China may blacklist substandard drug manufacturers

If the FDA finds that a drug manufacturer is faking results and blatantly flaunting good manufacturing standards, it may ban anything coming out of the plant. If it is bad enough, there can be criminal charges.

In China, regulators are considering something a little less punitive. They might put those kinds of companies on a blacklist, with the hope that the bad publicity will get them to shape up, reports China Daily. The list, which would be posted through news releases and government websites, will tally up companies that "severely" violate safety and manufacturing rules, according to a draft posted on the State Food and Drug Administration (SFDA) site last week. The state agency is soliciting feedback through tomorrow, the report says.

Those who make the list will be monitored, Wang Lianglan, an SFDA spokesperson, told the paper. That can include more frequent inspections and demands for quality reports, China Daily says.

An expert associated with the Ministry of Health says he believes that the publicity would cost drugmakers lots of sales and motivate them to do a good job. He did indicate a need to step up the penalties for companies who persist in turning out bad products. "Those who continue with their bad practices should be expelled from the trade forever," said Sun Zhongshi of the National Rational Drug Use Monitoring System.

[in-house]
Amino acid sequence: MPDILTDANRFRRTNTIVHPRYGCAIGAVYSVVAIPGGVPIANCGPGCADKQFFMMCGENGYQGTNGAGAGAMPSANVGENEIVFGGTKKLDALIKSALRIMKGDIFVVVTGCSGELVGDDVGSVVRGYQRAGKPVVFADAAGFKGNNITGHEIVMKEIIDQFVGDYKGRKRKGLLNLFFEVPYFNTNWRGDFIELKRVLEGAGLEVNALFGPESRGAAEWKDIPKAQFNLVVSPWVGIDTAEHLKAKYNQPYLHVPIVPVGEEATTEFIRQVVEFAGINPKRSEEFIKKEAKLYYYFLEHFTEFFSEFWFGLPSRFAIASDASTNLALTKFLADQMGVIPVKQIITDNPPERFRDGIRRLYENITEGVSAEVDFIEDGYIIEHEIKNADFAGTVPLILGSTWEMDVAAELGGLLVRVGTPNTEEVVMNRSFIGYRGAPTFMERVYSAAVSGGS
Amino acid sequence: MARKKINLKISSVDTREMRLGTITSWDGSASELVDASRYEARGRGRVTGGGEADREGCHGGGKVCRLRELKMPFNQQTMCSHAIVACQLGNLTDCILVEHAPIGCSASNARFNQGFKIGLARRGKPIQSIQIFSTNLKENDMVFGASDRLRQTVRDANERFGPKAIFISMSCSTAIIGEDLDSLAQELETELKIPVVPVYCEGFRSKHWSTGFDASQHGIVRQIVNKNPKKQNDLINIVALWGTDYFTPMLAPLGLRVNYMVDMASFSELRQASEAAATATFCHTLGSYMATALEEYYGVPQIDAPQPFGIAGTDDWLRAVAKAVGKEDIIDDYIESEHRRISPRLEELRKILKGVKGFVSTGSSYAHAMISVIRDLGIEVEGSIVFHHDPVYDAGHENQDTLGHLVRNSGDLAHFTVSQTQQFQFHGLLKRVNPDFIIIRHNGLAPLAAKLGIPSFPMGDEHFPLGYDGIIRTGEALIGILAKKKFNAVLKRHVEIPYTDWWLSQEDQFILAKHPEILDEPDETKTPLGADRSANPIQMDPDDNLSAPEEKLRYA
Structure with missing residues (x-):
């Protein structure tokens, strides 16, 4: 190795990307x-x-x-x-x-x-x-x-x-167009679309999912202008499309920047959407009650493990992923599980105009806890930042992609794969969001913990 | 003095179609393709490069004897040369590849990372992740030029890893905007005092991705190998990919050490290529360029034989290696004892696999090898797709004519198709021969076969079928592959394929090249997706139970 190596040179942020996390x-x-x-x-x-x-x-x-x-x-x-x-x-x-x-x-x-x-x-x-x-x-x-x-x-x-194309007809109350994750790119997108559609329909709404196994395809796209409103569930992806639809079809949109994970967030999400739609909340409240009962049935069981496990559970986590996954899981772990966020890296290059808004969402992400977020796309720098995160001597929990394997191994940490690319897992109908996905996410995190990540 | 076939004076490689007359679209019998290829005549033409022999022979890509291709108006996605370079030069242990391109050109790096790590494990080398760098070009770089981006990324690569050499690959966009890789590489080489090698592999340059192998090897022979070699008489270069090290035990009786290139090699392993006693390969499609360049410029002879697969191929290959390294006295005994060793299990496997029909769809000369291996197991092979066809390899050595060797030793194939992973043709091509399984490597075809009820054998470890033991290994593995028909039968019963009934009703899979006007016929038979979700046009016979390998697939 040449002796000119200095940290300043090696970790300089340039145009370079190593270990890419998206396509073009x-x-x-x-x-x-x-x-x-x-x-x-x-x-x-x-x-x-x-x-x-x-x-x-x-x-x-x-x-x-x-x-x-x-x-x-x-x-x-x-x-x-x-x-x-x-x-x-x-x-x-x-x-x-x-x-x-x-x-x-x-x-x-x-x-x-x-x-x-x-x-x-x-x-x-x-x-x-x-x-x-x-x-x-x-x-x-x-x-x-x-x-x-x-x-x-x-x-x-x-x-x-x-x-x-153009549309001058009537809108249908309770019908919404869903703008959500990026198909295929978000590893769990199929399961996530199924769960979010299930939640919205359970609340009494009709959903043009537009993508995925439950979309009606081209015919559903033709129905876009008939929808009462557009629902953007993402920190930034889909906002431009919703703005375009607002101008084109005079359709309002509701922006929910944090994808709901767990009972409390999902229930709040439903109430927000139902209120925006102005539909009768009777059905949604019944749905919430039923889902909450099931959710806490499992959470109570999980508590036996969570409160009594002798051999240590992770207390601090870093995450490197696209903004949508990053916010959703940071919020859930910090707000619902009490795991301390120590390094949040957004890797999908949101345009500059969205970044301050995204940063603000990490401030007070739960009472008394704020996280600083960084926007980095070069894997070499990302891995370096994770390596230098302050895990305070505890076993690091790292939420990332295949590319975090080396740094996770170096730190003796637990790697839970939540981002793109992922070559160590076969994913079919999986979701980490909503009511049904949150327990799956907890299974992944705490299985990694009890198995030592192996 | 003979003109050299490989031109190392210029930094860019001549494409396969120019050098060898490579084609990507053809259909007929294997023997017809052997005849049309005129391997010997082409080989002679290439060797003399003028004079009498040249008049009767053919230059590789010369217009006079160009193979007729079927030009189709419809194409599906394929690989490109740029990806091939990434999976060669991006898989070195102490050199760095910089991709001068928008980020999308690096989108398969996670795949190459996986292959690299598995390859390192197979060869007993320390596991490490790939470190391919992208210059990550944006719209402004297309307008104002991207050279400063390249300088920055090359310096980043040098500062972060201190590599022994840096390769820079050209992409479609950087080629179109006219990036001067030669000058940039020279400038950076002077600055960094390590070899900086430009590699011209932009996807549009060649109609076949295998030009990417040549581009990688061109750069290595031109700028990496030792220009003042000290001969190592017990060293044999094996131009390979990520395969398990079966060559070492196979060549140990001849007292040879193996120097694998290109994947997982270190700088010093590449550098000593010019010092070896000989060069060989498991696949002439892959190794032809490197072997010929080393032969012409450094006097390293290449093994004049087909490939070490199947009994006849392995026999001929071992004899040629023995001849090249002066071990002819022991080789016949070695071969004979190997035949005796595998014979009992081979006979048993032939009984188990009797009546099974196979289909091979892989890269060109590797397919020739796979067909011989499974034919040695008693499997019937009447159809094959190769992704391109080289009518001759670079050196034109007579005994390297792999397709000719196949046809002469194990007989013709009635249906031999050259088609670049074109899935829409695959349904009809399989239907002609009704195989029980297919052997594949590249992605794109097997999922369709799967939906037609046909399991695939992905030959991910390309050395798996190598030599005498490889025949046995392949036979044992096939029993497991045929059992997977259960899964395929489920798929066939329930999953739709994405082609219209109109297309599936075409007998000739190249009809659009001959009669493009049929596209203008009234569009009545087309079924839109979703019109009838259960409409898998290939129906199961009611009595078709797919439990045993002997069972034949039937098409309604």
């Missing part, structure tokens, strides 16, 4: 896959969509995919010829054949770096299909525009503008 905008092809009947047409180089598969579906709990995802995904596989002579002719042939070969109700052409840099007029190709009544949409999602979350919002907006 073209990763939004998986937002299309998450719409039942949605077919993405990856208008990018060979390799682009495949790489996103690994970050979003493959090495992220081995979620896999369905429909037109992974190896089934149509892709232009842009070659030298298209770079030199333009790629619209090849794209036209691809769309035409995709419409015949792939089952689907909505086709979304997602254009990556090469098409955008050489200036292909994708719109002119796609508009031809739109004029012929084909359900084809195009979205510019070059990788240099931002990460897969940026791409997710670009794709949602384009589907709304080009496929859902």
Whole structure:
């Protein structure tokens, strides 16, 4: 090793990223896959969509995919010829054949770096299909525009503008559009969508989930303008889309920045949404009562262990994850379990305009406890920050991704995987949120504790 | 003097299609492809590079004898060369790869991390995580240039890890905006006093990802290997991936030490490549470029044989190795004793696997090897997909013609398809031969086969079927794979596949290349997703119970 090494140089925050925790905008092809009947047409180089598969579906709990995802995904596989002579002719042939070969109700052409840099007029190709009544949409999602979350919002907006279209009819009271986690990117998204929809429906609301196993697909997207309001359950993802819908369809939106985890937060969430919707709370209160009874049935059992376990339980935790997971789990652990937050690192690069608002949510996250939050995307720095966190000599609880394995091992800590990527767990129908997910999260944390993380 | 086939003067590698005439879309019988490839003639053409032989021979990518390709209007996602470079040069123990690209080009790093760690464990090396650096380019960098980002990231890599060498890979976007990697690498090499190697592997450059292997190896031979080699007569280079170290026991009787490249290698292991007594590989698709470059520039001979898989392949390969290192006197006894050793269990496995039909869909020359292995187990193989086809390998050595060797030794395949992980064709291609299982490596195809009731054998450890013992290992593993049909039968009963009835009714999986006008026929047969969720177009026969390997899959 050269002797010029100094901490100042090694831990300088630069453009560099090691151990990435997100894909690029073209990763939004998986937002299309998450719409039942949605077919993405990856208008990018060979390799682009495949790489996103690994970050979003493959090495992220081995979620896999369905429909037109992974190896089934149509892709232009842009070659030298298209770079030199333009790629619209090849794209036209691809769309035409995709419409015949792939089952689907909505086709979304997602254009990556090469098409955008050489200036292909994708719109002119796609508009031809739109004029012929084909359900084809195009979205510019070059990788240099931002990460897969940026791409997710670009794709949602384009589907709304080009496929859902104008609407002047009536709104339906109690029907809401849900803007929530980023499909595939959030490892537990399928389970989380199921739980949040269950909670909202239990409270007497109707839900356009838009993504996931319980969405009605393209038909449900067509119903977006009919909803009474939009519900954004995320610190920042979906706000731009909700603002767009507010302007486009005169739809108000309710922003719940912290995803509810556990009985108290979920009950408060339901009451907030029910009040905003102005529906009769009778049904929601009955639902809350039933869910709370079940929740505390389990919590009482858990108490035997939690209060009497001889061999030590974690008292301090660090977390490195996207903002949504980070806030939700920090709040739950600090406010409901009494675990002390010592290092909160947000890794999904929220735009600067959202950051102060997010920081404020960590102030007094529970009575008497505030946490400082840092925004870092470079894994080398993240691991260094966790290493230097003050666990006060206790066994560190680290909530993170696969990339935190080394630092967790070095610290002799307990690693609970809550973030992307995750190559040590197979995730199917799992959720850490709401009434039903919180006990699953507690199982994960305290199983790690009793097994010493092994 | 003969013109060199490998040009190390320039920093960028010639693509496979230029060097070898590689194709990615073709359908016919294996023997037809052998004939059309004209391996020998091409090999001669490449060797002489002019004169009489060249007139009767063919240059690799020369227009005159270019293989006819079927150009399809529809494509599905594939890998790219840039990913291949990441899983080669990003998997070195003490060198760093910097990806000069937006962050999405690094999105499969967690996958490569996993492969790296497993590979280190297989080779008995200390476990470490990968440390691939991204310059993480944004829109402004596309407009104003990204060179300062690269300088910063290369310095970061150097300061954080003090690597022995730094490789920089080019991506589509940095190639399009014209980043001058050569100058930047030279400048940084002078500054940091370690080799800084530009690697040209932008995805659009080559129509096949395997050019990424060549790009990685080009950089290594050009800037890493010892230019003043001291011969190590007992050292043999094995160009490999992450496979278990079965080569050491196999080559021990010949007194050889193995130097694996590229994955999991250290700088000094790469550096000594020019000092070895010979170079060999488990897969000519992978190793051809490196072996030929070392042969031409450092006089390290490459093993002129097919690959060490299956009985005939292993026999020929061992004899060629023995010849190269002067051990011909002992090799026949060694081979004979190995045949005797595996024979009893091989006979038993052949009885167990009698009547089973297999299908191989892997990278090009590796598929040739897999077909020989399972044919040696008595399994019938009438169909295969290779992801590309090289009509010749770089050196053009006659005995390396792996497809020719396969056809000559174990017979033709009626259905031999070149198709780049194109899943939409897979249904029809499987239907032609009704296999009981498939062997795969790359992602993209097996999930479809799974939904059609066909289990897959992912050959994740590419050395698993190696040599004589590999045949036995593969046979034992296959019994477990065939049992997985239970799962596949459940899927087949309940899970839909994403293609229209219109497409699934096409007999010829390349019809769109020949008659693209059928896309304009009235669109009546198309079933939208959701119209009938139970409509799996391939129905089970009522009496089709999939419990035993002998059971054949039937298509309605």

The proposal comes after media reports led to a government investigation that found nearly 250 capsulemakers were using industrial grade gel made from leather scraps in their products, reports Pharmalot. Chinese drugmaker Biostar Pharmaceutical ($BSPM) said last week that tests it did since the revelations found about 5 million of its capsules contained excessive levels of chromium. 

Chinese regulators have had difficulty keeping close oversight on the burgeoning drug industry, but then so have regulators in the U.S. The FDA was castigated in 2008 when substandard heparin from Chinese API makers made it into blood thinner products here and led to dozens of deaths. The agency intends to use some of the additional funding that would come from its pending congressional reauthorization to crank up inspections in China. The reauthorization also would give the FDA new powers to stop at the border drugs made by foreign manufacturers on its own blacklist.

- read the China Daily story
- see PBR's story
- get Pharmalot's take
- here's the SFDA proposal

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